Kudos to Cato the Elder

Kudos To Cato the Elder

Cato, the Elder, Roman statesman and philosopher, started to study Greek at the age of 80. When questioned by a younger friend why he was taking up a brand new language so late in life, Cato was said to reply “Well it’s the only time I have left.”

Cato’s example could be a kick in the pants for all of us old geezers who use our advanced years as a handy excuse to avoid trying new stuff or giving back to society what we have received. Many of us are quite familiar with playing the age card when it suits us.
But, in the long run, we don’t do ourselves any favor by slowing down to a hobble when we are quite capable of walking.

Obviously I am not talking about older people who are severely disabled. Both younger people and healthy old folks owe them our support and assistance.

But if the good Lord gave us a healthy second half to our life as well as a first, He/She must have had a reason for it. We are alive because our lives are still incomplete. We have a job to do, people to forgive, children to encourage, fences to mend, stories to tell and songs to sing.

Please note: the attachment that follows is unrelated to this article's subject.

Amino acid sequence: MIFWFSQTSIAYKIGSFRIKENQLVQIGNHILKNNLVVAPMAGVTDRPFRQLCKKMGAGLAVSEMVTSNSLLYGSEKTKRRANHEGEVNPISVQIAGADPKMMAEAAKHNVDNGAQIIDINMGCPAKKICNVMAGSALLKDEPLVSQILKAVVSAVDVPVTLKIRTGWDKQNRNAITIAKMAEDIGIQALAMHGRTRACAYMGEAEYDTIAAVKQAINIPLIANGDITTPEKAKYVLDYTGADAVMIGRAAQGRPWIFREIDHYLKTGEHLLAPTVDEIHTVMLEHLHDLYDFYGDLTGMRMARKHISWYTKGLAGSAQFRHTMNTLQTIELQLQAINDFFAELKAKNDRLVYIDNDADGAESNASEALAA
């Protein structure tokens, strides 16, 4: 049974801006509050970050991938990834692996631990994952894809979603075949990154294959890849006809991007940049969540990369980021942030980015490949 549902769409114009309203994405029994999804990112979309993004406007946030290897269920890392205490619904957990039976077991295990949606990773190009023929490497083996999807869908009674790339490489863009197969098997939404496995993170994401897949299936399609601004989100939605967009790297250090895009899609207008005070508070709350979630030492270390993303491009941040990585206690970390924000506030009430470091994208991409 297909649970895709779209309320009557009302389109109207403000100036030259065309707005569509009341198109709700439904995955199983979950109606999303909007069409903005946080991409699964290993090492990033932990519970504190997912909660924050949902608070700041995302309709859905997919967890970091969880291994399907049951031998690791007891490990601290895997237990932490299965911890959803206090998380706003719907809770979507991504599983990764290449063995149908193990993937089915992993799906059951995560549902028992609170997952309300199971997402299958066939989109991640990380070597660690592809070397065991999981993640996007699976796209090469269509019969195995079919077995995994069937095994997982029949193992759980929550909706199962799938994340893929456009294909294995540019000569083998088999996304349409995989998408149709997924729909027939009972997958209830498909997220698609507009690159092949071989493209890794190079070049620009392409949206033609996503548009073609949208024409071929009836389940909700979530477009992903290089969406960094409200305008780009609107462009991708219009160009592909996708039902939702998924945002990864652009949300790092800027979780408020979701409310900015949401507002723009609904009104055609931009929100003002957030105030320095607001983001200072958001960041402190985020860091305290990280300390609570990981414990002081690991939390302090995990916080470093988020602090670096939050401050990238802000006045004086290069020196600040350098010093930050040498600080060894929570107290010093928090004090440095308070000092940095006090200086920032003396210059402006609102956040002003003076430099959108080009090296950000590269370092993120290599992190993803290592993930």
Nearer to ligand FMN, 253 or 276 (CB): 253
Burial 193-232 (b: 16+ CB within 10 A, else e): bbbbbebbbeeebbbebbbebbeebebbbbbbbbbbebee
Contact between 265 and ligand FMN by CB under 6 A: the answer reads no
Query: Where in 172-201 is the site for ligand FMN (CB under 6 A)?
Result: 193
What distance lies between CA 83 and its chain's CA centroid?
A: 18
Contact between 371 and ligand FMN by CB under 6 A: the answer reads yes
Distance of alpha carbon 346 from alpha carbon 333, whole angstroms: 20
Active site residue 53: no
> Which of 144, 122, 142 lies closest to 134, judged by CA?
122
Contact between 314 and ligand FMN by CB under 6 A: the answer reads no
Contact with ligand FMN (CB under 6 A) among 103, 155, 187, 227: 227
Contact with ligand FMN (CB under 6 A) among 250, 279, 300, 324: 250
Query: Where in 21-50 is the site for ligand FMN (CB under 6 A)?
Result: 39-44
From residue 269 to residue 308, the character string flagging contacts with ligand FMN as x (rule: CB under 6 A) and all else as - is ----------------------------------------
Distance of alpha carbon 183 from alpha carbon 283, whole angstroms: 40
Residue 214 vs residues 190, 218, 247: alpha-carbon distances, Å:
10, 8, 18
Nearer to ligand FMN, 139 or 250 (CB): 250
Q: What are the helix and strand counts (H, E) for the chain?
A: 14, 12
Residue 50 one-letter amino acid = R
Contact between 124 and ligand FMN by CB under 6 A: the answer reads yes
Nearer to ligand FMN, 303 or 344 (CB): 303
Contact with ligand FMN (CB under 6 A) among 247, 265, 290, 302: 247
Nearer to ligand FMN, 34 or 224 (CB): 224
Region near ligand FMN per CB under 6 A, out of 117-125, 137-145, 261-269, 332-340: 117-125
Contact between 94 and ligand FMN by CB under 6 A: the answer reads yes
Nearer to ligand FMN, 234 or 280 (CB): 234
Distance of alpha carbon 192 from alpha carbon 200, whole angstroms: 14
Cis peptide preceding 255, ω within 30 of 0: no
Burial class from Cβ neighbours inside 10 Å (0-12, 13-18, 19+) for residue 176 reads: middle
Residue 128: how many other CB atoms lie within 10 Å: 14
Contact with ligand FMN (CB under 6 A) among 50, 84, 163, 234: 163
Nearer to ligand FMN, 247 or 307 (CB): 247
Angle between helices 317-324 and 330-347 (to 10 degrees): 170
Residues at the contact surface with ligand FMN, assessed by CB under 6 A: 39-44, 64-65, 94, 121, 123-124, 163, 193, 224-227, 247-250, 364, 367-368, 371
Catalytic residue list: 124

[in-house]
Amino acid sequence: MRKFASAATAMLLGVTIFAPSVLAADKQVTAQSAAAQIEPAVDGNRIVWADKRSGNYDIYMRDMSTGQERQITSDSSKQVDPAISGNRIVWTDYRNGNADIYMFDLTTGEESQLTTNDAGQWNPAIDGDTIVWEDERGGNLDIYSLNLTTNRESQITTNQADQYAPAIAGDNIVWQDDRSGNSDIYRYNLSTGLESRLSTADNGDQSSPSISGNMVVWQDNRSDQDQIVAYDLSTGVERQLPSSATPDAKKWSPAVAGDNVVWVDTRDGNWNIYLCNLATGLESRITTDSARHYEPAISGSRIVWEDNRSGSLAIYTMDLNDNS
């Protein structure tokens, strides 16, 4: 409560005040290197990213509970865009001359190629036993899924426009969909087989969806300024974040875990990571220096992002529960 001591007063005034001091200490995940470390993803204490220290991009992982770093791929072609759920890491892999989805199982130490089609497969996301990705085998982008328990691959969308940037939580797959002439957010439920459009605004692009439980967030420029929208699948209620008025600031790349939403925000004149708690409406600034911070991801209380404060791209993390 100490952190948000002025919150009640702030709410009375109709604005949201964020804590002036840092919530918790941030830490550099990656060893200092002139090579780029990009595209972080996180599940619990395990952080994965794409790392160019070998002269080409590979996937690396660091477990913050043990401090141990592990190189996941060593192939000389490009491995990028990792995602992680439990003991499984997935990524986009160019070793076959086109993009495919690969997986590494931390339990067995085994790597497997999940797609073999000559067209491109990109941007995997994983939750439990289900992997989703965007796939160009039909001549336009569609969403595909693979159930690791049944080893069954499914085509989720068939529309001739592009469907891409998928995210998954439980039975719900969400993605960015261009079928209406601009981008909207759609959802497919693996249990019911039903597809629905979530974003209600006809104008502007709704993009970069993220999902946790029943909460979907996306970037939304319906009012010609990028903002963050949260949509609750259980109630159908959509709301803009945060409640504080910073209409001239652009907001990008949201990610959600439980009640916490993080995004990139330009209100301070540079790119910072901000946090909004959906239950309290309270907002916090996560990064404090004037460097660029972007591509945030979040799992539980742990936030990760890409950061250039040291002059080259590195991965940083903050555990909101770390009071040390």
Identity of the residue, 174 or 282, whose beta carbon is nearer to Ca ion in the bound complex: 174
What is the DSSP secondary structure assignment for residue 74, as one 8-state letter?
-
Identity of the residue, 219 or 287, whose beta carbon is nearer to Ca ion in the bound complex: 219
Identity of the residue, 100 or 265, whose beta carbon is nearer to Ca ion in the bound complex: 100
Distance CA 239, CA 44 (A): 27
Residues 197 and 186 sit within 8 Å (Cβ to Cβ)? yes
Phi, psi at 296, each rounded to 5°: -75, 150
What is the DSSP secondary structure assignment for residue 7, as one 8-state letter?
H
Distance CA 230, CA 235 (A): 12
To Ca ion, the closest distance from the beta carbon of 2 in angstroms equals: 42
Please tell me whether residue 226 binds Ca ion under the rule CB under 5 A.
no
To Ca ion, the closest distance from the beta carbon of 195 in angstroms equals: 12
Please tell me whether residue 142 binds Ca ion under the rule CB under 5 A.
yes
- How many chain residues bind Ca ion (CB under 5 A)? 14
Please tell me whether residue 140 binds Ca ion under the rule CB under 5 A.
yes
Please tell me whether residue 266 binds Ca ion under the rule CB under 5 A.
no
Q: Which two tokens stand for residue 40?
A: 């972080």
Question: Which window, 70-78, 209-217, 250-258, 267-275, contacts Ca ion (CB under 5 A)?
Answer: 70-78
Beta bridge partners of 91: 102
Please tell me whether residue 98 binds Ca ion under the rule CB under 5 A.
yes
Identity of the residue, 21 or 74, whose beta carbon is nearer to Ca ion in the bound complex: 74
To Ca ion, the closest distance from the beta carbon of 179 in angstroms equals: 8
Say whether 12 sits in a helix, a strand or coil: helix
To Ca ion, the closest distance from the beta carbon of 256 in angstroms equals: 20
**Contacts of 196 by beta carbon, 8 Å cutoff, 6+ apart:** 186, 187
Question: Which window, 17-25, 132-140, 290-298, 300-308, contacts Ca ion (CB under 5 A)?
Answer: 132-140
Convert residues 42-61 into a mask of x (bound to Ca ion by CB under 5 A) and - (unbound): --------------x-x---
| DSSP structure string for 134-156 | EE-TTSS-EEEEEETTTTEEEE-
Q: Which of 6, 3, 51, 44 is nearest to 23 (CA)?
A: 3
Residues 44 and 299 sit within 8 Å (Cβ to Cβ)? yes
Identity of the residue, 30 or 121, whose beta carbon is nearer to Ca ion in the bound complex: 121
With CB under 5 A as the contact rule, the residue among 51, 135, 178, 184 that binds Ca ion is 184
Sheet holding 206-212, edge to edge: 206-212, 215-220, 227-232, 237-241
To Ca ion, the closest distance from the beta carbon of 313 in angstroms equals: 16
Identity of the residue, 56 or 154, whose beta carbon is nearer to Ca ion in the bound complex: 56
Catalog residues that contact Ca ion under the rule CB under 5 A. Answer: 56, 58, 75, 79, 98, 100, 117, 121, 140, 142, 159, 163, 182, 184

Remember the poet Browning’s words about the second half of life being “the best is yet to be” ? Our modern world, in its obsession with staying youthful at any cost, has managed to turn Browning’s words around hasn’t it ?“The best is yet to be has become the worst is yet to be.” As a society we are gripped by a fear of aging. We even have a buzz word for it…”Gerontophobia.”

Well, I say handle that gerontophobia BS with a sense of humor. A quirky friend of mine was wont to say, with a twinkle in her 85 year old eyes, “Life is getting awfully scary these days. sometimes I wonder if I’m going to get out of it alive.”

Maybe the greatest gift we elders can pass on to the next generation is to put aside the fear of aging and just keep truckin. We’re old enough to know that we may not change the world, but we can improve ourselves and, by George, we can improve our little corner of the world.

Recalling the immortal words of the great Yogi Berra, “It ain’t over till it’s over,” we can finish our life journey with our brains still engaged, our legs still pumping.
That old guy, Cato the Elder, he had the right idea.

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